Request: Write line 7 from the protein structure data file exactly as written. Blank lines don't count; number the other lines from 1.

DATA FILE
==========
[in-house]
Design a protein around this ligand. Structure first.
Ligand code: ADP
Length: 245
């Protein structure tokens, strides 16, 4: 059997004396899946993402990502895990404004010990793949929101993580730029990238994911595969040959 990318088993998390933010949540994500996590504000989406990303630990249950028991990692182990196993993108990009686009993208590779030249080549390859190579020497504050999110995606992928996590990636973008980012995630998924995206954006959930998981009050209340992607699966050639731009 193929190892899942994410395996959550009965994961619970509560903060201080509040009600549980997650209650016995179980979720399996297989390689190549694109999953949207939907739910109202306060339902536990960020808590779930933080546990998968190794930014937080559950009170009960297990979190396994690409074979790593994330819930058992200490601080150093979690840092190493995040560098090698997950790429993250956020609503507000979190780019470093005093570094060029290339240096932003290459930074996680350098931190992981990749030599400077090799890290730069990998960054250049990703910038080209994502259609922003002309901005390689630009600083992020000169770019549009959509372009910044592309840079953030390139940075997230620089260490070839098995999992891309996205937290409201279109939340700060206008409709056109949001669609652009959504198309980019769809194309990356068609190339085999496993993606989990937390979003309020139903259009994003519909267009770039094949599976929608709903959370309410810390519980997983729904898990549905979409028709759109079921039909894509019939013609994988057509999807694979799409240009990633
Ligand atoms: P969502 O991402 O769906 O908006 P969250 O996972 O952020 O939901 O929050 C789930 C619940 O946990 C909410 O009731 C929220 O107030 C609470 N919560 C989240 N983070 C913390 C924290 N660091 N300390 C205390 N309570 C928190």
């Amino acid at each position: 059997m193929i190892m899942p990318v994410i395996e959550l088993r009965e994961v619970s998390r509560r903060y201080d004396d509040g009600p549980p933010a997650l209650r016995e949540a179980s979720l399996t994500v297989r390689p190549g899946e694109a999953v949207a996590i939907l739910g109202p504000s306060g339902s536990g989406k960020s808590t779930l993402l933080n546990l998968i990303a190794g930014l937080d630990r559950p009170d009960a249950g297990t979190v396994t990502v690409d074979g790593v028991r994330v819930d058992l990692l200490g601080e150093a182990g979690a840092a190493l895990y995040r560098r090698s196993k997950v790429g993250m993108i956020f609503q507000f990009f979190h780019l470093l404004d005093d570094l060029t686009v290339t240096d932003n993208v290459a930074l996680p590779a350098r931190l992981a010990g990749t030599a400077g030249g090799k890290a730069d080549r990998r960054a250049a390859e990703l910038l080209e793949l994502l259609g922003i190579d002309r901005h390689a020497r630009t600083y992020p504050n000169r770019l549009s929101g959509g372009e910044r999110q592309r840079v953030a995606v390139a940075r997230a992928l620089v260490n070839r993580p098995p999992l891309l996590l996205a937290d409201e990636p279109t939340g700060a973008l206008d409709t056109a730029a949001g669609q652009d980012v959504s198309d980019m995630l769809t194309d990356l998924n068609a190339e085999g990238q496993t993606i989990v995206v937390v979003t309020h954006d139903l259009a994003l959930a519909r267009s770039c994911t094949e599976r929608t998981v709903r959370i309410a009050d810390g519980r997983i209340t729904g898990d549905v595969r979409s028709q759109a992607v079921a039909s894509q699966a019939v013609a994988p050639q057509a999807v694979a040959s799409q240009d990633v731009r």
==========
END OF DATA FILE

């Amino acid at each position: 059997m193929i190892m899942p990318v994410i395996e959550l088993r009965e994961v619970s998390r509560r903060y201080d004396d509040g009600p549980p933010a997650l209650r016995e949540a179980s979720l399996t994500v297989r390689p190549g899946e694109a999953v949207a996590i939907l739910g109202p504000s306060g339902s536990g989406k960020s808590t779930l993402l933080n546990l998968i990303a190794g930014l937080d630990r559950p009170d009960a249950g297990t979190v396994t990502v690409d074979g790593v028991r994330v819930d058992l990692l200490g601080e150093a182990g979690a840092a190493l895990y995040r560098r090698s196993k997950v790429g993250m993108i956020f609503q507000f990009f979190h780019l470093l404004d005093d570094l060029t686009v290339t240096d932003n993208v290459a930074l996680p590779a350098r931190l992981a010990g990749t030599a400077g030249g090799k890290a730069d080549r990998r960054a250049a390859e990703l910038l080209e793949l994502l259609g922003i190579d002309r901005h390689a020497r630009t600083y992020p504050n000169r770019l549009s929101g959509g372009e910044r999110q592309r840079v953030a995606v390139a940075r997230a992928l620089v260490n070839r993580p098995p999992l891309l996590l996205a937290d409201e990636p279109t939340g700060a973008l206008d409709t056109a730029a949001g669609q652009d980012v959504s198309d980019m995630l769809t194309d990356l998924n068609a190339e085999g990238q496993t993606i989990v995206v937390v979003t309020h954006d139903l259009a994003l959930a519909r267009s770039c994911t094949e599976r929608t998981v709903r959370i309410a009050d810390g519980r997983i209340t729904g898990d549905v595969r979409s028709q759109a992607v079921a039909s894509q699966a019939v013609a994988p050639q057509a999807v694979a040959s799409q240009d990633v731009r």